Quick review-type-thing for those with short attention spans: the Blur 21 box set is as awesome as it is huge (and in case you didn’t know, it’s freakin’ huge). So if you like Blur, you should probably just go ahead and buy it. If you want to know what makes it so awesome (and in some cases, a little less than awesome) feel free to read on. However, I want to note that this is not a full-on review of the box set. This thing is huge (seriously, I’m going to use that word a lot to describe this beast) and I haven’t had time to absorb it all, so I don’t think it’s fair to call this a review because of that. Like the headline says, these are my first impressions of the box, nothing more nothing less.
Now let’s do this.
Since an alarming number of people come to this blog to find out about this stuff, I suppose I’ll cut right to the chase and start with my findings about the quality of the remaster.
According to the promotional materials for Blur 21, only the first five CDs have been “remastered.” As longtime readers of my blog know, “remastered” more often than not really means “take out the dynamic range and compress the song so its all a loud pile of shit.” So how do the remastered Blur CDs make out? Well, see for yourself. Below are screen captures of waveforms from five songs, one from each remastered CD. In each capture the top waveform is from the original non-remastered version of the album, while the bottom is taken from the remastered edition. Below each screen capture are measures of each version’s dynamic range (the difference between the loudest and quietest parts of a recording). The higher a dynamic range, the more of a difference. For the most part a higher dynamic range is better.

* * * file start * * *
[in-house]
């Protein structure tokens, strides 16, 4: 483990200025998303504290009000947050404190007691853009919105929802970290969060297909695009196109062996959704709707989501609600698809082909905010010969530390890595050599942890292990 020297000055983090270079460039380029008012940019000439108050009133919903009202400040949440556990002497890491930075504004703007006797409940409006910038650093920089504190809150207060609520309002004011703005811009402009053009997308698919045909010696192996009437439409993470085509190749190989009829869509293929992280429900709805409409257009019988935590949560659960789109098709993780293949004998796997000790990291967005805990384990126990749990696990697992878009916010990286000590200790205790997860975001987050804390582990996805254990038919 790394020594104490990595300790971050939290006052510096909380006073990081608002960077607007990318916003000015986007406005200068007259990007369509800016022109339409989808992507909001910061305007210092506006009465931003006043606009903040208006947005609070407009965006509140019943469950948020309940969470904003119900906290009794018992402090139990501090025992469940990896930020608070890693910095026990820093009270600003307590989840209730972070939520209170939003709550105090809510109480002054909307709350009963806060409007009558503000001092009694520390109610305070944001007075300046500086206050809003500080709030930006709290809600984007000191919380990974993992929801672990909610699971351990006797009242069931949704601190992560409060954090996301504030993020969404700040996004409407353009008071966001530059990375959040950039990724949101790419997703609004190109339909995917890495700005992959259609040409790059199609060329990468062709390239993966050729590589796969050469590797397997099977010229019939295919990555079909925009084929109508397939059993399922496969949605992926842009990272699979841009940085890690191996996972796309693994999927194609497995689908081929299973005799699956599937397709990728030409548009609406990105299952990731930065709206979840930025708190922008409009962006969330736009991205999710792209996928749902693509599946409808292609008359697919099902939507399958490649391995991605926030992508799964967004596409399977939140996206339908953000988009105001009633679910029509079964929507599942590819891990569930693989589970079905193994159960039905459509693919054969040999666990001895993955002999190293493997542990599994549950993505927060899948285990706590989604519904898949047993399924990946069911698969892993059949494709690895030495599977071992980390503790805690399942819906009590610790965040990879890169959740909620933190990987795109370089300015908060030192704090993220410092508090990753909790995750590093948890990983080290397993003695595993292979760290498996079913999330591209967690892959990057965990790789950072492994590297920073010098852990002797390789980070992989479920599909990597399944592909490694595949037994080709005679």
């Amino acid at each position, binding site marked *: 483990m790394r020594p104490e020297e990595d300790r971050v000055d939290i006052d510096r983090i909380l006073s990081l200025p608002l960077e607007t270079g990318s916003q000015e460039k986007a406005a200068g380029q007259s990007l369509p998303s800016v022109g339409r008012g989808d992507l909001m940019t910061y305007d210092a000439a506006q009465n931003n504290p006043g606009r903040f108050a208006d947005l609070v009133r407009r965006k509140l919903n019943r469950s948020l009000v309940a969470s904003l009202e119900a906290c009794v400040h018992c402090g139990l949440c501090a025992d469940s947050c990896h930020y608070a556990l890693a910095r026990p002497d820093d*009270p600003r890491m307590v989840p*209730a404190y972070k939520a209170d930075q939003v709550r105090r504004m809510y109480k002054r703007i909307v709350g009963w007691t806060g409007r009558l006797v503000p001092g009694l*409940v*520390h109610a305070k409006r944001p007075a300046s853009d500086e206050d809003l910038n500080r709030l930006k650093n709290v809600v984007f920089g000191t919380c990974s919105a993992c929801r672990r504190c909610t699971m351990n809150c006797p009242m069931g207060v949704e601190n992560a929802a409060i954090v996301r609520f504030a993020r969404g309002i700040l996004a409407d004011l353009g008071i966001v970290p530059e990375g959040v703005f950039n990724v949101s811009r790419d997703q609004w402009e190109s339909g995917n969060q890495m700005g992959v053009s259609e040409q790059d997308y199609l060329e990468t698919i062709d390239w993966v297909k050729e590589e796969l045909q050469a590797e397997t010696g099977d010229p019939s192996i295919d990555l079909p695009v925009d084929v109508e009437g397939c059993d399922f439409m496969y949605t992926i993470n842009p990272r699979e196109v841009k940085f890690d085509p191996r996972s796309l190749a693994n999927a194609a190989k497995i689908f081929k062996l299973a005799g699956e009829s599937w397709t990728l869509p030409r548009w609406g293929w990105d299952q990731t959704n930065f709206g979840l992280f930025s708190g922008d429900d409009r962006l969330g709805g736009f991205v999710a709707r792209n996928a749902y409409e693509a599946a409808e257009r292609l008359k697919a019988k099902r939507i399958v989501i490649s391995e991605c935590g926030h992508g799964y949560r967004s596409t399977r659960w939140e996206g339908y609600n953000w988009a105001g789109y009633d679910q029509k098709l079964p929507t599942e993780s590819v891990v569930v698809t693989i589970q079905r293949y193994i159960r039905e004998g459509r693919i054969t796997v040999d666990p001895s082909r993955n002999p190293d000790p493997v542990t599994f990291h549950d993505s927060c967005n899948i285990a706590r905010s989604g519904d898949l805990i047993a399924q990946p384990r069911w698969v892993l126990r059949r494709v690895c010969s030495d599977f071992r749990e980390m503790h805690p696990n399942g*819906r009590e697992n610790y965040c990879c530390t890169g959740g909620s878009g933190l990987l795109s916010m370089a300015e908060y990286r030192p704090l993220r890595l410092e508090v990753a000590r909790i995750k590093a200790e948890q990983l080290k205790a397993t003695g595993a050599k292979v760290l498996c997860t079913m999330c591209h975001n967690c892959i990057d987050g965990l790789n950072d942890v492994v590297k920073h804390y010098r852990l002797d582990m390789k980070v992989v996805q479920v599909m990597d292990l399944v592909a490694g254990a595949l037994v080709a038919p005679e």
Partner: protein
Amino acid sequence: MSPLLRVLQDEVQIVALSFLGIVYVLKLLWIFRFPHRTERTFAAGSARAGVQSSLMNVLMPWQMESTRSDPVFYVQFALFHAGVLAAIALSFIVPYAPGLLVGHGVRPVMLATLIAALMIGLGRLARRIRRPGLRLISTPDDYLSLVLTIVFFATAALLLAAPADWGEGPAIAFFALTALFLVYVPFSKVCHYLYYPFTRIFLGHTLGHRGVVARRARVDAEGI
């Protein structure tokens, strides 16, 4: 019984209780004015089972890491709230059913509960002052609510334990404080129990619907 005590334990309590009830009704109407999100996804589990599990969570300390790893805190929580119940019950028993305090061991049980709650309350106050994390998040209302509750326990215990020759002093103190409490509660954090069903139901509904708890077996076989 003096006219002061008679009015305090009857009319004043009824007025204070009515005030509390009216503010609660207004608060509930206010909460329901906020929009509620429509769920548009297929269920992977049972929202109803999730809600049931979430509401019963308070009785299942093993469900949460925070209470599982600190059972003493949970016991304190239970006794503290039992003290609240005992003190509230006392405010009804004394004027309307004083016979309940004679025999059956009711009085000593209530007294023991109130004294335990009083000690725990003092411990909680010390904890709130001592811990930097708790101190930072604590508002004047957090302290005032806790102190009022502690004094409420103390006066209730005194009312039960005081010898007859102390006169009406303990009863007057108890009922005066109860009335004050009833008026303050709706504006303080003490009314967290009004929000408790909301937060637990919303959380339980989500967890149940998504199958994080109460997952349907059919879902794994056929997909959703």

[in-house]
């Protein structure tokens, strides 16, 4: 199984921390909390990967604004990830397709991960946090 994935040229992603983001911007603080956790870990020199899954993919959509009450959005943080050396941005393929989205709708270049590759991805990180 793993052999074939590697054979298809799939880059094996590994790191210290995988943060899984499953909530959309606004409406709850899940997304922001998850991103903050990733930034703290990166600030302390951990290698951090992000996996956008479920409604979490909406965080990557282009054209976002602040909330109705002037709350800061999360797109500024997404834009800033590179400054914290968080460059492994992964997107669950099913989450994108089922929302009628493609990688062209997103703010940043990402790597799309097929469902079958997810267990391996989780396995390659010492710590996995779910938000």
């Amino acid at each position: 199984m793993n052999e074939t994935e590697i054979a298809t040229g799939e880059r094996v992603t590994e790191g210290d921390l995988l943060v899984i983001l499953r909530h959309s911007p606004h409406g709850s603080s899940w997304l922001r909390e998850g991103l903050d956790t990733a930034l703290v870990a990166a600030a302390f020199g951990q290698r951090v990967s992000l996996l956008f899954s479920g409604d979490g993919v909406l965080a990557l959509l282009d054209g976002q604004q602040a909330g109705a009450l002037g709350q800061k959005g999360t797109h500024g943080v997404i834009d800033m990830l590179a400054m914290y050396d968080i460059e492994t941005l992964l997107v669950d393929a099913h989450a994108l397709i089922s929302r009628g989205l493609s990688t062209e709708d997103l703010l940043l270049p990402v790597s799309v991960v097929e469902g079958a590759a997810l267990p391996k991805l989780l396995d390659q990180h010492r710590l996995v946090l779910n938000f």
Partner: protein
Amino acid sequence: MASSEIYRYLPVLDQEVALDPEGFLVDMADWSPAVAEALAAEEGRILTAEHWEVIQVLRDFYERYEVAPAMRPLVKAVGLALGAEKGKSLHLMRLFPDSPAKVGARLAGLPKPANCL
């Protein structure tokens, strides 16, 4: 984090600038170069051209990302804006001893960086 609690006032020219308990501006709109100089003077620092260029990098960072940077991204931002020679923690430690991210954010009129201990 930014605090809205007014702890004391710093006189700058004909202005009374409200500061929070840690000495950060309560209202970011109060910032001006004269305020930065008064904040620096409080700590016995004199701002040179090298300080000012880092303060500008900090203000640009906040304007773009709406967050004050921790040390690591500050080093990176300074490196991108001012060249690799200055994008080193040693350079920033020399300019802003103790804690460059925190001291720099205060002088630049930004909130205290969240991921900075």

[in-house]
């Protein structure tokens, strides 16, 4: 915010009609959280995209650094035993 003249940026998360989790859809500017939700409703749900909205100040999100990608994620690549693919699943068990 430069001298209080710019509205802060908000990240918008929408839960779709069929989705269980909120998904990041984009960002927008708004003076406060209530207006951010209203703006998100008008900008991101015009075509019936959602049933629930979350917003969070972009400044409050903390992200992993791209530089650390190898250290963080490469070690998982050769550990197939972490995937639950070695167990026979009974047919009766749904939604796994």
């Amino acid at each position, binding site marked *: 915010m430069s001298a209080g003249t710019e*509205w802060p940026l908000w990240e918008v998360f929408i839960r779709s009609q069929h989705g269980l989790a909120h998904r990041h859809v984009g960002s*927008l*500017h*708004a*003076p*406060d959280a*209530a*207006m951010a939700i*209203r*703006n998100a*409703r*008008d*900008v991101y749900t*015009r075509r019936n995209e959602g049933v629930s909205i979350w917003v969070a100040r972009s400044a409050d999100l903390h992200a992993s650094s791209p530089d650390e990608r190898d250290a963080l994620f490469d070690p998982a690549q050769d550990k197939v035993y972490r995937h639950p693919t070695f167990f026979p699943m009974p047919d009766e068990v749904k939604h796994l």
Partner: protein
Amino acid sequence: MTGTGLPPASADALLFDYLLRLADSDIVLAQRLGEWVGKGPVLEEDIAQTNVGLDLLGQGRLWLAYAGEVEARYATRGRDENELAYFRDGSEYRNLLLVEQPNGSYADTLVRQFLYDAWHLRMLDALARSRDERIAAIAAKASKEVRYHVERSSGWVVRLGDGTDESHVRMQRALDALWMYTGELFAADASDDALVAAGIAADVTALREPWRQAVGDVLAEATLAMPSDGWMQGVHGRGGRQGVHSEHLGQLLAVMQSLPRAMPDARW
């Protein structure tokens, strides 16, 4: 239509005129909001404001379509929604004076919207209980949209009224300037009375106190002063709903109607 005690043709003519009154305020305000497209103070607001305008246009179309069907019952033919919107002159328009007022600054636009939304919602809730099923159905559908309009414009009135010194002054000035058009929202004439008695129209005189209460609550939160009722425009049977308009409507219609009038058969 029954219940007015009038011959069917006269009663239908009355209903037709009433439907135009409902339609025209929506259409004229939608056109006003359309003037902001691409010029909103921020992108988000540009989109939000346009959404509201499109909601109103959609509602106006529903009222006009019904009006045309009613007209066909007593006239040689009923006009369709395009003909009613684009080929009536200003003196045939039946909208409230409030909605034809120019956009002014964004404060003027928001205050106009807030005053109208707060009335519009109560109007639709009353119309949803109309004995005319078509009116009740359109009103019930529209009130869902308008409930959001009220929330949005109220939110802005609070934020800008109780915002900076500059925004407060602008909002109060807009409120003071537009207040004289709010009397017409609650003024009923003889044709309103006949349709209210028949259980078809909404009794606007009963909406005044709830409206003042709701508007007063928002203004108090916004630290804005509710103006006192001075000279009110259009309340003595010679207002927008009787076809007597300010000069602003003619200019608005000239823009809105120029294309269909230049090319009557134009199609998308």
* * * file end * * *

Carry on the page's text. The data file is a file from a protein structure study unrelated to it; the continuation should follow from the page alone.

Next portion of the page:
In some cases those look like some pretty drastic differences, and they are. However, I really can’t hear that much of a difference or any kind of degradation in quality. I think that’s because that, even though the remastered versions are louder, there’s no clipping and nothing is distorted or chopped off for the sake of loudness. Much like the Smashing Pumpkins’ Siamese Dream remaster, it appears the Blur albums were taken to their absolute limit of loudness without causing distortion. It’s kind of pointless, but like I said, I really can’t hear that much of a difference. I’m sure there are hardcore Blur fans who will be outraged by this, but sorry, I’m not one of them.
When I first saw promotional materials for the Blur 21 box I was less than impressed. It just seemed like a tiny blue box with a silver Blur logo on it. Not at all cool looking. Well, I was wrong. Turns out it’s a giant blue box with a silver Blur logo on it. This thing does house a 7″ single (more on that in a bit) so to fit that thing in there the entire box has to be 7″ x 7″ x 7″. That doesn’t sound that big, but trust me, this is one hefty looking cube of music. It’s going to hold its own on my record shelf next to my LP box sets. Opening it up and emptying it out really shows how big it is.